But although the Budgeting for Results Commission has been meeting, taking testimony, and publishing reports for about two years, its work has yet to affect the budget.
The arrival of concealed carry in Illinois will mean a big change not only for gun-owning citizens, but police officers as well.
As Brian Mackey reports, the state board that oversees police training is already preparing for the change.
Police in Illinois are already trained on how to approach someone with a gun. Since that person was likely breaking the law, safety and caution were the watchwords. But how does that calculus change when citizens are able to carry legally?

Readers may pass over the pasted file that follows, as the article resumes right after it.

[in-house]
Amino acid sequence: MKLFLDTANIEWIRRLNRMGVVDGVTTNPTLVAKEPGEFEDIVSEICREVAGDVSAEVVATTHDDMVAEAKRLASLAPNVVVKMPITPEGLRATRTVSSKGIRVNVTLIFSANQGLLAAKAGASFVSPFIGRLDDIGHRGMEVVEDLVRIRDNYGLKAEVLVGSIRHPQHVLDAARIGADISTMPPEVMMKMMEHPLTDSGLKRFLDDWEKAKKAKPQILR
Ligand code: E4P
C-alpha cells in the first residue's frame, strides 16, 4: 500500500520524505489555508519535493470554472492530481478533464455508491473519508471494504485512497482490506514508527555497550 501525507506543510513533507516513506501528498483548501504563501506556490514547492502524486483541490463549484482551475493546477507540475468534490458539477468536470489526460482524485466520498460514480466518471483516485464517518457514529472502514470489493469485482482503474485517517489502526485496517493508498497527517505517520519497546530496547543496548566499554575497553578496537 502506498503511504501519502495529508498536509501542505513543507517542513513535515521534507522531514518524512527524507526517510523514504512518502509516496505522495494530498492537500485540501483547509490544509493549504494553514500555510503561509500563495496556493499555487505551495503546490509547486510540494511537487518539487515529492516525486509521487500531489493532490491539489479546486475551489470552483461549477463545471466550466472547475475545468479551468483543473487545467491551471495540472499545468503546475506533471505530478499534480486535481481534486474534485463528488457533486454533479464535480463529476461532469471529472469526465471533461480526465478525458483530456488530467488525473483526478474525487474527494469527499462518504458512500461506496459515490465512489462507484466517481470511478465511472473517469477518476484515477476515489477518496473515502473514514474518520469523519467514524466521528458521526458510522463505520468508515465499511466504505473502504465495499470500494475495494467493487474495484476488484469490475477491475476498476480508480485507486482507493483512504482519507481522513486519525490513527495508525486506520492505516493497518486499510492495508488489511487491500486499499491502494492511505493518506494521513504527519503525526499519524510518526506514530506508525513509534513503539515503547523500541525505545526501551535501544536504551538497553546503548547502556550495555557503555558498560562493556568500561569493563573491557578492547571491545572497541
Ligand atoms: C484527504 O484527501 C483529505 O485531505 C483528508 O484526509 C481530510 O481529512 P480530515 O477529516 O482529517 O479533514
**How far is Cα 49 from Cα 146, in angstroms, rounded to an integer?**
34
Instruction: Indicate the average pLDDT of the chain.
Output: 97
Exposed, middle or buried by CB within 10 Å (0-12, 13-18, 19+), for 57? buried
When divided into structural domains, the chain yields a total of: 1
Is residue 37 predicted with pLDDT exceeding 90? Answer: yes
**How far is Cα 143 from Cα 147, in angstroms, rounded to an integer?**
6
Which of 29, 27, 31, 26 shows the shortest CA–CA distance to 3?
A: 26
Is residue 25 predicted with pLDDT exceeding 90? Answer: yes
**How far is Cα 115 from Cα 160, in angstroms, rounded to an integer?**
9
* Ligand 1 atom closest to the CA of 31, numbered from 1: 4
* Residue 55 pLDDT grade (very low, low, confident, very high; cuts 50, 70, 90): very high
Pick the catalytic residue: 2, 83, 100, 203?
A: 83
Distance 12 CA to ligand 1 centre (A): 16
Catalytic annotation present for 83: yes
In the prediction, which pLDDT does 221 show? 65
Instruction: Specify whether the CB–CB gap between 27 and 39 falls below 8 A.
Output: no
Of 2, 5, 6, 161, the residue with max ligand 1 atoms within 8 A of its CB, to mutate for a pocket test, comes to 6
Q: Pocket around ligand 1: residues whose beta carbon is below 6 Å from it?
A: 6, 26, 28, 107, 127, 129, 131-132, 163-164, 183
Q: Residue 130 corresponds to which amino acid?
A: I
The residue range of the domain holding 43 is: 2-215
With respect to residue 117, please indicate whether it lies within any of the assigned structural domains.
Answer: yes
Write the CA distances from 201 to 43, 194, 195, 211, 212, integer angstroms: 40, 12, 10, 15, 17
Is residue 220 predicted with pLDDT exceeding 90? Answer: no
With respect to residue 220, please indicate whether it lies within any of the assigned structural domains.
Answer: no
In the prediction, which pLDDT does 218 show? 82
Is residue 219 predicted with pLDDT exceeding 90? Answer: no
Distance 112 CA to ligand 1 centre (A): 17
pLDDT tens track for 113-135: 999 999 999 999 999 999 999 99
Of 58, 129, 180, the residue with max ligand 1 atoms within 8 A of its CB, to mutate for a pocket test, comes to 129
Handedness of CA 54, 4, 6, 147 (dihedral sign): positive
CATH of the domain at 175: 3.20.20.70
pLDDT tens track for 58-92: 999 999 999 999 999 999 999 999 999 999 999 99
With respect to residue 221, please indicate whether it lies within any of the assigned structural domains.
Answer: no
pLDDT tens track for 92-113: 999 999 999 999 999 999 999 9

The former head of Illinois' Department of Public Health says he ``was not involved in any way'' with alleged illegal activities of his longtime chief of staff. In an indictment released this week, authorities accuse Quinshaunta Golden. They say she accepted $433,000 in kickbacks for steering grant and contract money to various groups around the time she worked for Eric E. Whitaker at the agency. Prosecutors have never accused Whitaker of wrongdoing.
Illinois state parks are starting to see money from a $2 surcharge on Illinois license plate renewals. The State Journal-Register in Springfield reports (http://bit.ly/1czFIoL) that the Illinois Department of Natural Resources is using the money to reduce a $750 million maintenance backlog. Motorists had to start paying the surcharge this year after last year's DNR Sustainability Bill was approved.